Artist William Forsythe has figured out how to solve one of the most awkward situations that most everyone has experienced at some point: getting someone up to dance.
At the annual Brighton Festival, an arts festival in England, Forsythe installed hundreds of pendulums, which swing at a timed sequence. People walk through and try to avoid the pendulums, and what results is a sort of choreography, that’s sometimes a little clunky, but often quite graceful and beautiful.
The installation is called “Nowhere and Everywhere at the Same Time No. 2,” and it’s not the first time that Forsythe has created choreography without actually teaching anyone any dance steps. The original “Nowhere and Everywhere” was installed in 2005, using similar pendulums.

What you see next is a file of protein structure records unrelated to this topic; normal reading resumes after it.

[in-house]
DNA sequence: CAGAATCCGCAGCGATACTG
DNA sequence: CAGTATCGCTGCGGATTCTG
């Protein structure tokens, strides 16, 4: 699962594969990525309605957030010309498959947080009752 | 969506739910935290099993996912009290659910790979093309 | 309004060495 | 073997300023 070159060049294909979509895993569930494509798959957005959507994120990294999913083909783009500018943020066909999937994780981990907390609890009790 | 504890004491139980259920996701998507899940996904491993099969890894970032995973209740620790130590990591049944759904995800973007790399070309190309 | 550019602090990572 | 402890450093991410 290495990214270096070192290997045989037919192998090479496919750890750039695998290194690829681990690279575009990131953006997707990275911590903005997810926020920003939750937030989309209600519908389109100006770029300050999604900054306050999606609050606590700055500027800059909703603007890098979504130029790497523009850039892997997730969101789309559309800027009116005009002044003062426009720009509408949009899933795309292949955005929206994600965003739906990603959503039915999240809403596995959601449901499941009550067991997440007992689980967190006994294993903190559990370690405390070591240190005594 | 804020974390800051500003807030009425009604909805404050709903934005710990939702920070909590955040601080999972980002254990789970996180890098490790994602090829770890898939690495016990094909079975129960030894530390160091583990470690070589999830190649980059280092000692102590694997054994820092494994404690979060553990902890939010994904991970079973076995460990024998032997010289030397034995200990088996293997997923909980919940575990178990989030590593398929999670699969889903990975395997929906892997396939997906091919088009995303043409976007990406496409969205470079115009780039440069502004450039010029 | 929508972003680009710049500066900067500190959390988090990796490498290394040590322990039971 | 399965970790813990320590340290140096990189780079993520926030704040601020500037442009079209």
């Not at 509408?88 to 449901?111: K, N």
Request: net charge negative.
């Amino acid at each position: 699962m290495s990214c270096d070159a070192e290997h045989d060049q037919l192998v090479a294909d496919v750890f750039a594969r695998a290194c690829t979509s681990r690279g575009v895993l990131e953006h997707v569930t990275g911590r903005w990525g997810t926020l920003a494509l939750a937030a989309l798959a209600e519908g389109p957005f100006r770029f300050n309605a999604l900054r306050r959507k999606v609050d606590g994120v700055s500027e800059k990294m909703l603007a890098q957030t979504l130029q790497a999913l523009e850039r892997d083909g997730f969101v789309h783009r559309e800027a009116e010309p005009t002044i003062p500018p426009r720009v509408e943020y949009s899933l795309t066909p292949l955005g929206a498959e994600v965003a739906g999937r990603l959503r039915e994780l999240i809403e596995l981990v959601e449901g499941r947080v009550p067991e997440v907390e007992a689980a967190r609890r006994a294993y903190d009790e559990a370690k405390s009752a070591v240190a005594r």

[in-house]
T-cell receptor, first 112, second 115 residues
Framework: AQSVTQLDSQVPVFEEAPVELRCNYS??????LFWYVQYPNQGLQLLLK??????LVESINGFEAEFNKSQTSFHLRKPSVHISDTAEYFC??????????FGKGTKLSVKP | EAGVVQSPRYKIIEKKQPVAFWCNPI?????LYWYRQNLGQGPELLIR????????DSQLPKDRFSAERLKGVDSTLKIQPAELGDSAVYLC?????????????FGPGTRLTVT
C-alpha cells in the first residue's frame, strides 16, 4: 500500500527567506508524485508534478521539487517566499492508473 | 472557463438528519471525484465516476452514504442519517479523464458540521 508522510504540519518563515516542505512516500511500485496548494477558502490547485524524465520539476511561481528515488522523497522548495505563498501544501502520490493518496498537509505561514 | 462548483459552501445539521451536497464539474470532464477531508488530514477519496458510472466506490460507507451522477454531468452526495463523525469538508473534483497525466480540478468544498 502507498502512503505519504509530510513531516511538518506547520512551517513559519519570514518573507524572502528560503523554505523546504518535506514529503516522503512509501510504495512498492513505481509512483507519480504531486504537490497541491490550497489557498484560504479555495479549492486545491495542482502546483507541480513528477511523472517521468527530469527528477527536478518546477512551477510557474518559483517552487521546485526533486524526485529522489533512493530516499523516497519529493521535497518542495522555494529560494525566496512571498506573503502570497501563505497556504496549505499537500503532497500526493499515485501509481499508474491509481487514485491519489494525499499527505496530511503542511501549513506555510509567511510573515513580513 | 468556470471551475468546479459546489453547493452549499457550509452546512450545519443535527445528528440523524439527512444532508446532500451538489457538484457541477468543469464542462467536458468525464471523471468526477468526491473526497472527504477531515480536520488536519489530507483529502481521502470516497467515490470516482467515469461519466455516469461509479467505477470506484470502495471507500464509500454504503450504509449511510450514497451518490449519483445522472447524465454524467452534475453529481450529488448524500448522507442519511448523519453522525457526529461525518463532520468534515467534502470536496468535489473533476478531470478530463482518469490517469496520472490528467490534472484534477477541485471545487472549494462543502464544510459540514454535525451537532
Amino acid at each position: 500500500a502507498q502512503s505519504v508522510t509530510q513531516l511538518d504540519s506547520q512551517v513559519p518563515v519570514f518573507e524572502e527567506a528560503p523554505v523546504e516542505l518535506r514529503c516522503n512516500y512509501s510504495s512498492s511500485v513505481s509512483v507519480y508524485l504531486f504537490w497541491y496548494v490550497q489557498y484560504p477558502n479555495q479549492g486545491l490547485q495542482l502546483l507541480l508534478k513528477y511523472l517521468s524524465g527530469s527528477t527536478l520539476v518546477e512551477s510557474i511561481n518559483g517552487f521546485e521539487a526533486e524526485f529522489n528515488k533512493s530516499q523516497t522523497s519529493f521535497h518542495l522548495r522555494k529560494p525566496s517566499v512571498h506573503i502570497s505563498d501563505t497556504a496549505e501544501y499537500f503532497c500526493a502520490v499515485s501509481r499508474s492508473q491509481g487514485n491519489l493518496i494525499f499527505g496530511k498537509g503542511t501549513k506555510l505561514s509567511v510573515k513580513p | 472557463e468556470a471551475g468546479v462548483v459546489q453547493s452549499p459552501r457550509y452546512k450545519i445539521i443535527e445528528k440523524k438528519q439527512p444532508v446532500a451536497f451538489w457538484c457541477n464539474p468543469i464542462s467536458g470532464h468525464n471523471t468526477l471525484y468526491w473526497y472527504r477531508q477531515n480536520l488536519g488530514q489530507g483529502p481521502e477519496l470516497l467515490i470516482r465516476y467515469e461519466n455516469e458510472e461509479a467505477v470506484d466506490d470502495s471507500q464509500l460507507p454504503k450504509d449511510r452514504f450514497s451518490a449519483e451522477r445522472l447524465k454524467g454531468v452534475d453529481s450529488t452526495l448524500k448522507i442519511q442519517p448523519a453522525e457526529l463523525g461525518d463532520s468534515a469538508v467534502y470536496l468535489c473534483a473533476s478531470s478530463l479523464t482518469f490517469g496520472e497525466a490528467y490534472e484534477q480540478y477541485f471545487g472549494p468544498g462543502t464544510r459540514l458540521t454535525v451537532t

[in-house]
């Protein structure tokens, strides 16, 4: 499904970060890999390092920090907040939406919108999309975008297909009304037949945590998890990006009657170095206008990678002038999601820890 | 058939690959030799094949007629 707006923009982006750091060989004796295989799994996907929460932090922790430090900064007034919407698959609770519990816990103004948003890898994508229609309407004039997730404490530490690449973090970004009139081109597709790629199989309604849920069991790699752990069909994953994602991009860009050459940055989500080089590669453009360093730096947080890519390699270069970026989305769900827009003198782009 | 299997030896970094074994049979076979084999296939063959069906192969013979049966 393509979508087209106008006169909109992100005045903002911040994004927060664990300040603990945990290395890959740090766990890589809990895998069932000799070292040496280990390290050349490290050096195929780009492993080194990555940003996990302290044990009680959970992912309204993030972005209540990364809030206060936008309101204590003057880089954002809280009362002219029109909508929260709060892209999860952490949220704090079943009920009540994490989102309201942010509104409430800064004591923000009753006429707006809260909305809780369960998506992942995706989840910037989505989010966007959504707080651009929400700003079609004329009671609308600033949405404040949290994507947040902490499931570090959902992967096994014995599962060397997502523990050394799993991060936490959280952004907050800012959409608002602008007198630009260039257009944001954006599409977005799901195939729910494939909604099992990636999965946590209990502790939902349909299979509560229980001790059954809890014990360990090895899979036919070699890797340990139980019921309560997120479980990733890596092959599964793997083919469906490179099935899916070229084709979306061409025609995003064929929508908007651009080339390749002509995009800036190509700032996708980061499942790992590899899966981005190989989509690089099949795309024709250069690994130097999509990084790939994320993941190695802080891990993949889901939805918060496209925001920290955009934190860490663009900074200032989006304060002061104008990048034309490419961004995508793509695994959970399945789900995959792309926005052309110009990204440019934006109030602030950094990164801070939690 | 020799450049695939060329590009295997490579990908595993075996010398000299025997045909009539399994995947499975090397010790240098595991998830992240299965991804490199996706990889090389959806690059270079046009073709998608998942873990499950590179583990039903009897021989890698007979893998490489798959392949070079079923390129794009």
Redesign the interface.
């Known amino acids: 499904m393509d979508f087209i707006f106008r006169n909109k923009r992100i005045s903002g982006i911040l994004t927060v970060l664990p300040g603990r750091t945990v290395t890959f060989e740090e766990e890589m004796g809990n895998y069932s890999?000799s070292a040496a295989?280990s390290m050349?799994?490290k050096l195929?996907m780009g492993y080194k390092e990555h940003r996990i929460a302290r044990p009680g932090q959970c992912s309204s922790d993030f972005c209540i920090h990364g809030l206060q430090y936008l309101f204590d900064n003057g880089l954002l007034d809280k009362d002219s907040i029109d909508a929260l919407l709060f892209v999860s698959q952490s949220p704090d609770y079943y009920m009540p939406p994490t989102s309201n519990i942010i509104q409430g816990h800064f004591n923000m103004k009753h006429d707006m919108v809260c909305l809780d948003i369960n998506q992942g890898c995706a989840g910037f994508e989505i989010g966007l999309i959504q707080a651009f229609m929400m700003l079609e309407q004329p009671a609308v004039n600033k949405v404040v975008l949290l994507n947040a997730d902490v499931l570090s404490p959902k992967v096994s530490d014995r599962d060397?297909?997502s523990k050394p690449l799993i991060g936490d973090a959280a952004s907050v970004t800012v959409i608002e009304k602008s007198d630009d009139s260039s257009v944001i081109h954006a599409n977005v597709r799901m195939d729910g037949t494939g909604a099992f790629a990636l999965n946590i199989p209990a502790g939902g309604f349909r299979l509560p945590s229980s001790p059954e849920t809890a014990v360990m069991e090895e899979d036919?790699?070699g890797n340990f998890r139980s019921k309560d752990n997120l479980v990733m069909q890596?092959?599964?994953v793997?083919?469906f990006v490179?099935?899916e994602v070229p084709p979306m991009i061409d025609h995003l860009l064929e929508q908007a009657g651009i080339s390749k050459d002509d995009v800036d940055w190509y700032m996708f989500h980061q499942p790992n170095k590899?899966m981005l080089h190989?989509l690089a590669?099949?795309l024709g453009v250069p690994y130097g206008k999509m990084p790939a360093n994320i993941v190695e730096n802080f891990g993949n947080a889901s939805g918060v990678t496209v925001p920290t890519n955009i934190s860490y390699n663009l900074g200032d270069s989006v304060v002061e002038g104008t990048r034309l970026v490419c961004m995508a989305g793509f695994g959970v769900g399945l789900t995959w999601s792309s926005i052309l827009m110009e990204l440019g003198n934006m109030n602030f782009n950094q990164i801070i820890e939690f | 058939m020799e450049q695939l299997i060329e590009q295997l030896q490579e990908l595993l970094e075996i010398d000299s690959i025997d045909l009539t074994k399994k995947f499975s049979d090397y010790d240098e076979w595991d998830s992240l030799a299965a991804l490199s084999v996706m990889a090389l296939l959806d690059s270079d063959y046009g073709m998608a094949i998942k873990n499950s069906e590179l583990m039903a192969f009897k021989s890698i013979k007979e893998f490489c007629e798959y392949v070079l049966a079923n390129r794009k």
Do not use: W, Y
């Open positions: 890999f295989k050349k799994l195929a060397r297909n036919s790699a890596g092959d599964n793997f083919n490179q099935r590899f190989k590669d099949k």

And then there was “White Bouncy Castle,” where people jump on what look like bounce houses for children, to create a flowing choreography in the air.
Here’s how the latest installation works:
They installed the pendulum in what looks like a massive warehouse.
Some people walk slowly through the pendulums. Some walk quickly.
Some people get a little more complicated with their moves.
And it looks even cooler when more than one person is avoiding the swinging pendulums at the same time.
It’s reminiscent of something you’d see in a “Mission Impossible” movie, or maybe one of the “Tomb Raider” games. But there’s no doubt that the effect is beautiful.
Check out the whole video below:
(Via The Creators Project)
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